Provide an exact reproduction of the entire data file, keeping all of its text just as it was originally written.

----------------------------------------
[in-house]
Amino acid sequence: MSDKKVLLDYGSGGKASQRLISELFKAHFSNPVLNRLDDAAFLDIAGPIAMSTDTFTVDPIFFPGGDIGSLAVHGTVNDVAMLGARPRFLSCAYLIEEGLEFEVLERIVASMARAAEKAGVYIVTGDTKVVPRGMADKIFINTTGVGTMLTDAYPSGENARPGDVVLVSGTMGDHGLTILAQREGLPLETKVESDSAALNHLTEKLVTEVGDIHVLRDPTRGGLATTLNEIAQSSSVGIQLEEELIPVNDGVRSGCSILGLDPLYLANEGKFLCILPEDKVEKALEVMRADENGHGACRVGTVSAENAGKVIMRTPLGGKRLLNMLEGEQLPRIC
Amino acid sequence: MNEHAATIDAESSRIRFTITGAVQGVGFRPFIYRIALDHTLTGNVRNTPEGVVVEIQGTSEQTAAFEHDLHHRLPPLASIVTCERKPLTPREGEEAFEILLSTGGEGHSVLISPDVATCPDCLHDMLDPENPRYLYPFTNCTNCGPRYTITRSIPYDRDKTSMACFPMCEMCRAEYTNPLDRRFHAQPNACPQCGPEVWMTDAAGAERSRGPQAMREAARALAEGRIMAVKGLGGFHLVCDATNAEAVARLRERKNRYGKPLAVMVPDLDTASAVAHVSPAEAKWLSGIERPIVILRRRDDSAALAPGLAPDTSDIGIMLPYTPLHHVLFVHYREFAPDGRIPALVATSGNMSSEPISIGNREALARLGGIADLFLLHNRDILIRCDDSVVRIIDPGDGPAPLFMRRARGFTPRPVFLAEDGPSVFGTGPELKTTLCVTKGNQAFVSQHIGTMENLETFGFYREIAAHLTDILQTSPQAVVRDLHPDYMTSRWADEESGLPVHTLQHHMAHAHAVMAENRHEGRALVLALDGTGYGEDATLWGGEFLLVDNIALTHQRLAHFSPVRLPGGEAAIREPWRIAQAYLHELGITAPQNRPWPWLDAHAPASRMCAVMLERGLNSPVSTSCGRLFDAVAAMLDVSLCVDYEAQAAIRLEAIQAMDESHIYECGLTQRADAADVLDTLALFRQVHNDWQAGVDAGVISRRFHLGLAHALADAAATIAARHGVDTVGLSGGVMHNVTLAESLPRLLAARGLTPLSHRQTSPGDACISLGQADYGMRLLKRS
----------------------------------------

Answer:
[in-house]
Amino acid sequence: MSDKKVLLDYGSGGKASQRLISELFKAHFSNPVLNRLDDAAFLDIAGPIAMSTDTFTVDPIFFPGGDIGSLAVHGTVNDVAMLGARPRFLSCAYLIEEGLEFEVLERIVASMARAAEKAGVYIVTGDTKVVPRGMADKIFINTTGVGTMLTDAYPSGENARPGDVVLVSGTMGDHGLTILAQREGLPLETKVESDSAALNHLTEKLVTEVGDIHVLRDPTRGGLATTLNEIAQSSSVGIQLEEELIPVNDGVRSGCSILGLDPLYLANEGKFLCILPEDKVEKALEVMRADENGHGACRVGTVSAENAGKVIMRTPLGGKRLLNMLEGEQLPRIC
Amino acid sequence: MNEHAATIDAESSRIRFTITGAVQGVGFRPFIYRIALDHTLTGNVRNTPEGVVVEIQGTSEQTAAFEHDLHHRLPPLASIVTCERKPLTPREGEEAFEILLSTGGEGHSVLISPDVATCPDCLHDMLDPENPRYLYPFTNCTNCGPRYTITRSIPYDRDKTSMACFPMCEMCRAEYTNPLDRRFHAQPNACPQCGPEVWMTDAAGAERSRGPQAMREAARALAEGRIMAVKGLGGFHLVCDATNAEAVARLRERKNRYGKPLAVMVPDLDTASAVAHVSPAEAKWLSGIERPIVILRRRDDSAALAPGLAPDTSDIGIMLPYTPLHHVLFVHYREFAPDGRIPALVATSGNMSSEPISIGNREALARLGGIADLFLLHNRDILIRCDDSVVRIIDPGDGPAPLFMRRARGFTPRPVFLAEDGPSVFGTGPELKTTLCVTKGNQAFVSQHIGTMENLETFGFYREIAAHLTDILQTSPQAVVRDLHPDYMTSRWADEESGLPVHTLQHHMAHAHAVMAENRHEGRALVLALDGTGYGEDATLWGGEFLLVDNIALTHQRLAHFSPVRLPGGEAAIREPWRIAQAYLHELGITAPQNRPWPWLDAHAPASRMCAVMLERGLNSPVSTSCGRLFDAVAAMLDVSLCVDYEAQAAIRLEAIQAMDESHIYECGLTQRADAADVLDTLALFRQVHNDWQAGVDAGVISRRFHLGLAHALADAAATIAARHGVDTVGLSGGVMHNVTLAESLPRLLAARGLTPLSHRQTSPGDACISLGQADYGMRLLKRS